But lawyers for DISH Network claim Tarnovsky's mission was to hack into DISH's satellite network, steal the security code, then flood the market with pirated smart cards costing DISH $900 million in lost revenue and system-repair costs.

    Smart cards enable satellite TV converter boxes to bring in premium channels.

    The suit was brought by EchoStar Communications, which later split into two companies, DISH and EchoStar Corp, with DISH being the primary plaintiff.

    "I never got money for reprogramming Echostar cards," Tarnovsky said. "Someone is trying to set me up."

    DISH attorney Chad Hagan asked, "This is all a big conspiracy?"

    "Yes," Tarnovsky answered. He conceded that he constructed a device called "the stinger" that could communicate with any smart card in the world.

    Another hacker, Tony Dionisi, testified on Tuesday that Tarnovsky bragged about creating "the stinger" and that he knew of another hacker and NDS employee who reprogrammed 50 EchoStar smart cards with the device.

    The trial is expected to last another two to three weeks. It is being heard in southern California because both Tarnovsky and NDS are located there.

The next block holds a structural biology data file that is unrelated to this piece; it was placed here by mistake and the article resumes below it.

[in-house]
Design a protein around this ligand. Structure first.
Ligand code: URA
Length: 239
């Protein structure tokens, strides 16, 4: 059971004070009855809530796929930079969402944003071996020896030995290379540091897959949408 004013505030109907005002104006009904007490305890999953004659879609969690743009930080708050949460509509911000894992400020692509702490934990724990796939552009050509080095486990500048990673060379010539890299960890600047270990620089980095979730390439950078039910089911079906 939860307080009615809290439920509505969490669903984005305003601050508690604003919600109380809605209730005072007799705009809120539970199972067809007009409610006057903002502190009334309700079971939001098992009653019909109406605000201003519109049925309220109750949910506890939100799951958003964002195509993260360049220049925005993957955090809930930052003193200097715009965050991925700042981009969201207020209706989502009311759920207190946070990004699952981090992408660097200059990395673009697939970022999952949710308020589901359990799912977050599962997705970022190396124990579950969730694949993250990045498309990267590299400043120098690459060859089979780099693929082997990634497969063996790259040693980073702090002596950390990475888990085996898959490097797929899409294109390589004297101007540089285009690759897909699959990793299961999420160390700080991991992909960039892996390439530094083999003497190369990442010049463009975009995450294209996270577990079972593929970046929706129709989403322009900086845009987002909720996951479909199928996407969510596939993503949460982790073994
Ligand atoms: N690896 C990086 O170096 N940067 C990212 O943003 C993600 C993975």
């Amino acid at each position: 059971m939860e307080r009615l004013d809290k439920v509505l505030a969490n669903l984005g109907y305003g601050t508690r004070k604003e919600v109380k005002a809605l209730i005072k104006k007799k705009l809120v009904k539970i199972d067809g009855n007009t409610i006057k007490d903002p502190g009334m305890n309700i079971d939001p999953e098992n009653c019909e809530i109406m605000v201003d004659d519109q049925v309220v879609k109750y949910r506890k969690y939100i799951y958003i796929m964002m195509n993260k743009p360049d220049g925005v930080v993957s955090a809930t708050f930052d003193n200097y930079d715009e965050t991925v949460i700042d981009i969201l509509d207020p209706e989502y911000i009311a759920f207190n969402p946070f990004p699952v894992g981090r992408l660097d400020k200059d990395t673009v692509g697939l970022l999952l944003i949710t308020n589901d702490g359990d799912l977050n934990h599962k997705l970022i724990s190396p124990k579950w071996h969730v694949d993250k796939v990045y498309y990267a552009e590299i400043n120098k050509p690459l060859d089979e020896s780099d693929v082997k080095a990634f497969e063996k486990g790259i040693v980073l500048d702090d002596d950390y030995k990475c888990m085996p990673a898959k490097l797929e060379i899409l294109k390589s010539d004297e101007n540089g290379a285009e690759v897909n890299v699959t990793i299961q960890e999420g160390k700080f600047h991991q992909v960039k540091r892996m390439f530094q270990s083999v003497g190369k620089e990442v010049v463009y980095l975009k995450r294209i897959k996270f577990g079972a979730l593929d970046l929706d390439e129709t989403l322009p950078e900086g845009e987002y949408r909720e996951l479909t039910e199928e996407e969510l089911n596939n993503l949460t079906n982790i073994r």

Testing: Pansat 2500A, 2700A & 9200HD, Coolsat 5000, Sonicview 360

  6. #6
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    good information. nds don't have ethics.

  7. #7
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    By the way, NDS smart cards cannot be hacked at this moment?
    They are so secure?

  8. #8
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    Quote Originally Posted by Andy75 View Post
    By the way, NDS smart cards cannot be hacked at this moment?
    They are so secure?

    But I think Cs is still working for NDS.May be I can wrong.


    Thanks.
    " 李俊明 Born To Help People "

    DM 500s , Pacific 3600 CI , Humax F2 Finder , Angel Box , My Dream Machine , Tatasky , KAON , Topfield 3030 , Yuri YR1Dap , Dynasat 7100 , F1 , Plus and II , Metabox II , 10 , Viva Vs 9000 , SkyBox II , X-Sat 430 , 420 , Bolt N2 , NewB , New Shine Ns 3000 , Victory V 889 , F1 Newshine , New Star , Innovia 3088 CA , Atom 7000 , PBI , Prosat , Dstv 3Q76 , GA 88a , Tatasky , Big Tv , Airtel .



  9. #9
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    oh yes it works well cs with nds cards. Thanks Rupert!